Is Divorce Really That Big a Deal?

Aviva Lauren RizelWritten by Aviva Lauren Rizel


I recall speaking with my best friend, Jennifer, when we were both still in high school. We were daydreaming about the future, about settling down and raising a family.

I said, “It must be so scary to get married—how can you know if this person will still be good for you decades later?”

She replied, “What’s the big deal? You can always get divorced.”

Well, that short-stopped my daydreaming in its tracks.

Jennifer was the product of a very messy divorce. So messy that when I inquired why her parents got divorced, she would shut down and say “I don’t want to talk about it.” She usually told me everything. We both knew that I knew the answer. The whole neighborhood knew the answer. I wanted to hear the details from her perspective.

Fifteen years later, while I am successfully married and raising a family, I wish that I had been more attuned to the pain that Jennifer covered up. I also began to wonder if perhaps her non-committal response of “What’s the big deal?” held any weight.

I don’t think so.  As it turns out, divorce is a very big deal. It is a big deal for the children of divorce, whose standards of living decrease when their parents’ divorce. Jennifer herself went from a beautiful suburban house to an apartment in the business district after her parents split.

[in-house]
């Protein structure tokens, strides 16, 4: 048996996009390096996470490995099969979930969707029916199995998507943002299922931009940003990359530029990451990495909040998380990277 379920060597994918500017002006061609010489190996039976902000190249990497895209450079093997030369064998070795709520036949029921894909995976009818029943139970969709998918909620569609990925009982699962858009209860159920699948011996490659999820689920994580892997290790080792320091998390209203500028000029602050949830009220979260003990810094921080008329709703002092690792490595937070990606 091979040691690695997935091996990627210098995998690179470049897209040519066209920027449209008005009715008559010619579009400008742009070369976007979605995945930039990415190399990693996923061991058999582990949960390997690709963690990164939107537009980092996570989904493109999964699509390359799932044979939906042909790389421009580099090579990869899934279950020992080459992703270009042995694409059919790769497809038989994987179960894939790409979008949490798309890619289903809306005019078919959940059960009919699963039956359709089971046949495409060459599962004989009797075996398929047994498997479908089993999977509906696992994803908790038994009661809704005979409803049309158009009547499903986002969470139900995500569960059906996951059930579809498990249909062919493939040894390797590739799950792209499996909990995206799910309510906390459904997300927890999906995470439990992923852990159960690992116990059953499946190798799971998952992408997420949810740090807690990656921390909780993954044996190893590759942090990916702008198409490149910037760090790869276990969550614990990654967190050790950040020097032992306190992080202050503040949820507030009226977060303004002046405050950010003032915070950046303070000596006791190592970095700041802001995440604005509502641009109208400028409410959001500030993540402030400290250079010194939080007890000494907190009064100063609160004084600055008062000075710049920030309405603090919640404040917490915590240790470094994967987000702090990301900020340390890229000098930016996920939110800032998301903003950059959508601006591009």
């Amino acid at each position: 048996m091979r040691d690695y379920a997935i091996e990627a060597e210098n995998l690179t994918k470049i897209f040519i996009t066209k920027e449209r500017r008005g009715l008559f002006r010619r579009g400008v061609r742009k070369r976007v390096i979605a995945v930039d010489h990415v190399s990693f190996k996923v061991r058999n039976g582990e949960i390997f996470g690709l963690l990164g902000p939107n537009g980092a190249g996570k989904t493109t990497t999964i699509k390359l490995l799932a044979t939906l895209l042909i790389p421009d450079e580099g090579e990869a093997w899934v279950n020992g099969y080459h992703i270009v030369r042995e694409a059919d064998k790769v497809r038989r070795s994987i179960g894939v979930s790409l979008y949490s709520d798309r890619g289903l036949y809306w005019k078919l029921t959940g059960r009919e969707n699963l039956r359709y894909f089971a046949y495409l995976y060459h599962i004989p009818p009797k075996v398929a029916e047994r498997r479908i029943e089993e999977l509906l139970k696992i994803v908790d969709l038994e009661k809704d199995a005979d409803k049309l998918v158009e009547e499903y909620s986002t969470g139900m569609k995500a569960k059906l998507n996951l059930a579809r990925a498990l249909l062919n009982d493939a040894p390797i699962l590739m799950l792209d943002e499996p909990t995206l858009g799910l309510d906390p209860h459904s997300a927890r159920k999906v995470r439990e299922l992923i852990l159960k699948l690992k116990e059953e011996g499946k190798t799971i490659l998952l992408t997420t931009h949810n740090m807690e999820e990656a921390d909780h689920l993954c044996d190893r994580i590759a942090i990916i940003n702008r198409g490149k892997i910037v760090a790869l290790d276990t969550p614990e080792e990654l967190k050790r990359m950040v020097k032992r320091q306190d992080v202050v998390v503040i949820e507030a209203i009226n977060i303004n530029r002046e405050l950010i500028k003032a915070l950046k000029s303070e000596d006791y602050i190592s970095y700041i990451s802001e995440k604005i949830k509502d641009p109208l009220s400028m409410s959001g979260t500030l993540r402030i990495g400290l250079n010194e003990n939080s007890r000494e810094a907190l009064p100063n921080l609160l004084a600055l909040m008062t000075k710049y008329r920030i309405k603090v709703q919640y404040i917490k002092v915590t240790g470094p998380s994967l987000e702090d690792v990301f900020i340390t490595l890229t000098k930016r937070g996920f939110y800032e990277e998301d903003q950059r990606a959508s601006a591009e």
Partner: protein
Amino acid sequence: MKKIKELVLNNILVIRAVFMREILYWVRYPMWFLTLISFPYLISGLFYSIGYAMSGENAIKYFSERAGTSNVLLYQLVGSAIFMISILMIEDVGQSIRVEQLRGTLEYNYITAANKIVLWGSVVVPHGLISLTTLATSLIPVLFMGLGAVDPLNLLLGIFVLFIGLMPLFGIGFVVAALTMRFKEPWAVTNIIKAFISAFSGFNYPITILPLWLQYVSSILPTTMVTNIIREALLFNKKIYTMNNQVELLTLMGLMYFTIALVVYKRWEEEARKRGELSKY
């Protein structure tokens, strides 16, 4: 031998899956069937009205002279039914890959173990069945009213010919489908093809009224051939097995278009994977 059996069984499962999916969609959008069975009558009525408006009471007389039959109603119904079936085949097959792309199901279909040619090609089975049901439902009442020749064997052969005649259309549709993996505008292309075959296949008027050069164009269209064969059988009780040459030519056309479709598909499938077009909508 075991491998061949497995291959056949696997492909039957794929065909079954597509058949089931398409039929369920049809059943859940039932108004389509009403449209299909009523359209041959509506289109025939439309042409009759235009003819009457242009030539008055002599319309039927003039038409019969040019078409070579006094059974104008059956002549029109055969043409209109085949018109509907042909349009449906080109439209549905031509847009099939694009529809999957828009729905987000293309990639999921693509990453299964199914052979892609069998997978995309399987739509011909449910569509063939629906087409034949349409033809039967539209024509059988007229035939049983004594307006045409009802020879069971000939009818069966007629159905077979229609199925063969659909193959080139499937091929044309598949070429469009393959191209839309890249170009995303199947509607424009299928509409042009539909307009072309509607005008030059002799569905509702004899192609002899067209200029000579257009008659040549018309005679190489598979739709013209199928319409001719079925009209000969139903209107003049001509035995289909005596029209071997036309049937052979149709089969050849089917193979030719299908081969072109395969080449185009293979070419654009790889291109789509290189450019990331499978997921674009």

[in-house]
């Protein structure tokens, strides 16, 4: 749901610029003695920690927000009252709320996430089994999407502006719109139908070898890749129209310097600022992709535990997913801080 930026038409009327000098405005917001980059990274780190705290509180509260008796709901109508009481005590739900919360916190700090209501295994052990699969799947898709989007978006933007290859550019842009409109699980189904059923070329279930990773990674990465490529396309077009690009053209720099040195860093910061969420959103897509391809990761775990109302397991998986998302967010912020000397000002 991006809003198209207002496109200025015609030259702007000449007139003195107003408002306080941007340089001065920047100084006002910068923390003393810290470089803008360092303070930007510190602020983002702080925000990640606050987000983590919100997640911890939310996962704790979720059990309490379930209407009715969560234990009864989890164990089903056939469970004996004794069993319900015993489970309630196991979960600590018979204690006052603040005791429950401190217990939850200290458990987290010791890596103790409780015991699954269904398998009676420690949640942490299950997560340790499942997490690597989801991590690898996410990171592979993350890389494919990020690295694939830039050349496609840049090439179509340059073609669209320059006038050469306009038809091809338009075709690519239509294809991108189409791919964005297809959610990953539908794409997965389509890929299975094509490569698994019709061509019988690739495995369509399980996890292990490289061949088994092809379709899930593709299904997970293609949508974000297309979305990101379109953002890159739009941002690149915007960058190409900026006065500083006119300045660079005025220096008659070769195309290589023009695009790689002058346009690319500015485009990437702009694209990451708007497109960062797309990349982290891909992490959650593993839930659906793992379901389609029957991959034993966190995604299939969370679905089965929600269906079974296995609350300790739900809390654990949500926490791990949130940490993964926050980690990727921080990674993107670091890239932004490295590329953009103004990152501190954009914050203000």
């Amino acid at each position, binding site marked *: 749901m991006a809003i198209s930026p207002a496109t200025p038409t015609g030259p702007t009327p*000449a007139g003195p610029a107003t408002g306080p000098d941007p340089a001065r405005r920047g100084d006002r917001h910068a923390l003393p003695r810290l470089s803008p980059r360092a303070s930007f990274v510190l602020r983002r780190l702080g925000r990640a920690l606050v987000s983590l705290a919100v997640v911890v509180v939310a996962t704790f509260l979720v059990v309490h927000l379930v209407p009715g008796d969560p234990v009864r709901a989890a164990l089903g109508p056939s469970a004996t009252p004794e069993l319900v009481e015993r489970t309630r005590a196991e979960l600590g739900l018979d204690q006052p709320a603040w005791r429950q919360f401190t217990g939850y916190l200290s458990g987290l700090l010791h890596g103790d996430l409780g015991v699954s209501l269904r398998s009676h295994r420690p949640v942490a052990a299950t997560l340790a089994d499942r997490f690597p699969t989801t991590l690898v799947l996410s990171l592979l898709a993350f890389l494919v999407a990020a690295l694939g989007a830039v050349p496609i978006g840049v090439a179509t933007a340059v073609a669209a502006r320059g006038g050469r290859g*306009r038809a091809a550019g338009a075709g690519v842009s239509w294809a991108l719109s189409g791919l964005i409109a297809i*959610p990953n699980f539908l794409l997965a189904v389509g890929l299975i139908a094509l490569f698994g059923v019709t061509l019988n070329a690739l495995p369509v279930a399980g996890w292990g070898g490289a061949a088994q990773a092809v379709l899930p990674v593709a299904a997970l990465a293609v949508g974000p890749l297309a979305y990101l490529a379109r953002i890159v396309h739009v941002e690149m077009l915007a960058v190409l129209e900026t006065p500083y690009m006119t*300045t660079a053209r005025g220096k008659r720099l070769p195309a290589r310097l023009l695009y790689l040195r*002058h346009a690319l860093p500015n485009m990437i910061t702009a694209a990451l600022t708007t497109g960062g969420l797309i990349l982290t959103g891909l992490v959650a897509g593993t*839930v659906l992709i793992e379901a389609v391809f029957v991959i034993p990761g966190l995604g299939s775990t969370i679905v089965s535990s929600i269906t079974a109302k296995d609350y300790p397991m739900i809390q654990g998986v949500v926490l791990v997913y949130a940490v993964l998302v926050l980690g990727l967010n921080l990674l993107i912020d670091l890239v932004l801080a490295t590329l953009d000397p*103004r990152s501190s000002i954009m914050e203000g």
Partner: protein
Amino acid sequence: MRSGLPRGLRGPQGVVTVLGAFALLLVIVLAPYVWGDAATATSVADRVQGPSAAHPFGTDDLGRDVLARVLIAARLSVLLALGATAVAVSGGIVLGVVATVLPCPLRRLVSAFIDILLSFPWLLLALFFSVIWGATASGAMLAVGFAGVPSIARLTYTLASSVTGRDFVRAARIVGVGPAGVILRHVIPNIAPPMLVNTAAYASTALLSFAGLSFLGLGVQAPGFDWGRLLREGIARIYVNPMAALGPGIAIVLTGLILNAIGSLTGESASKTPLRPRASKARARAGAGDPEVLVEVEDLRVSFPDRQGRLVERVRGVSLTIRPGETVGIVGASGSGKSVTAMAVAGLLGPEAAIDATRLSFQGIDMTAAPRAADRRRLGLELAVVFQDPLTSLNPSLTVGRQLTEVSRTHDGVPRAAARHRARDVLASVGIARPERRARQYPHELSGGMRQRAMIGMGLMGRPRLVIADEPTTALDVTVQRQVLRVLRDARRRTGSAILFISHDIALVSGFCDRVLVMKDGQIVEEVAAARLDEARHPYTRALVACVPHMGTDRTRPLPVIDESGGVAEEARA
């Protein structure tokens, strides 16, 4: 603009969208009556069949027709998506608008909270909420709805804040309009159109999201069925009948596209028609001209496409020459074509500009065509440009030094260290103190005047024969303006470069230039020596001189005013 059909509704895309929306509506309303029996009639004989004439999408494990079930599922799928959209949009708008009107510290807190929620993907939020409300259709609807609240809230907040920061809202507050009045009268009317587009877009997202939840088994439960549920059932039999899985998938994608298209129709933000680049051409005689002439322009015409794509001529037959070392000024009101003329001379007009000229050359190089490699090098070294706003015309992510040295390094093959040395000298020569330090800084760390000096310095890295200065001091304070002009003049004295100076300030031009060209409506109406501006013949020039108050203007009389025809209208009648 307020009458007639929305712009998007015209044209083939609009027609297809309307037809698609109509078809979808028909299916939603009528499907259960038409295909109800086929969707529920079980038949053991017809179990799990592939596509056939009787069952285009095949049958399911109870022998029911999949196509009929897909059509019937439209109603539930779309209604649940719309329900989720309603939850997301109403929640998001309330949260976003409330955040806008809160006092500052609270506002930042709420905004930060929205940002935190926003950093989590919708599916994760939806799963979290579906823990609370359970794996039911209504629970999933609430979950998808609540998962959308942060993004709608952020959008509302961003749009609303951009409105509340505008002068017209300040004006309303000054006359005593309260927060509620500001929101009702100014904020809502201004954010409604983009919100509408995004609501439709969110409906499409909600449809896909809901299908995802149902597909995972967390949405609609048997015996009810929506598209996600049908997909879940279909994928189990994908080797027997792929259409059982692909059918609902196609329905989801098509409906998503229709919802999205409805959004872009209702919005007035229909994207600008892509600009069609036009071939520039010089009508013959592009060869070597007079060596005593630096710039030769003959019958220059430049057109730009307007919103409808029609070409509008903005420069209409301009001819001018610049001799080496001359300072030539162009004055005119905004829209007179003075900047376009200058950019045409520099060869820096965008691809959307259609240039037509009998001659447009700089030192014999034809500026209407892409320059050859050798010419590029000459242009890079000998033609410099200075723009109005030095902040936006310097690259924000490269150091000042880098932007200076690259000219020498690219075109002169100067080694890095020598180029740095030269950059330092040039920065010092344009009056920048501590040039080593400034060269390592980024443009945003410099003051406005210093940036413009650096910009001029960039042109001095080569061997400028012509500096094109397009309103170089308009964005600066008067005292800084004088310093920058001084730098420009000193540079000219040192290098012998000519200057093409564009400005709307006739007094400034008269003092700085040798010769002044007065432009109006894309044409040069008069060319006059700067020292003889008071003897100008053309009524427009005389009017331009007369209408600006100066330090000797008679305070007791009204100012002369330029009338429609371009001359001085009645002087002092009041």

It is a big deal for women, who often have to find a way to juggle bringing in more money without wearing themselves out to care for their children.

It is a very big deal for the boys and girls from divorced homes who are more likely to smoke and drink when they get older, as compared with their peers from intact families. Girls are than 100% more likely to become heavy smokers.

It is a big deal for the men of divorce, who are at much higher mortality risk than those who remained married.  Even remarried men don’t live as long as those who stay steadily married.

And, on a macro-scale, it is a big deal for the generations that follow a divorced home.  Those who had lived through their parents’ divorce when they were children were more likely to have their own marriages end in divorce, thus perpetuating the vicious cycle.

And so today, if Jennifer were to ask me again “What’s the big deal?” I’d have a very different answer than I had as a young high school girl

Because now I’m informed, Jennifer, and divorce is a very big deal.

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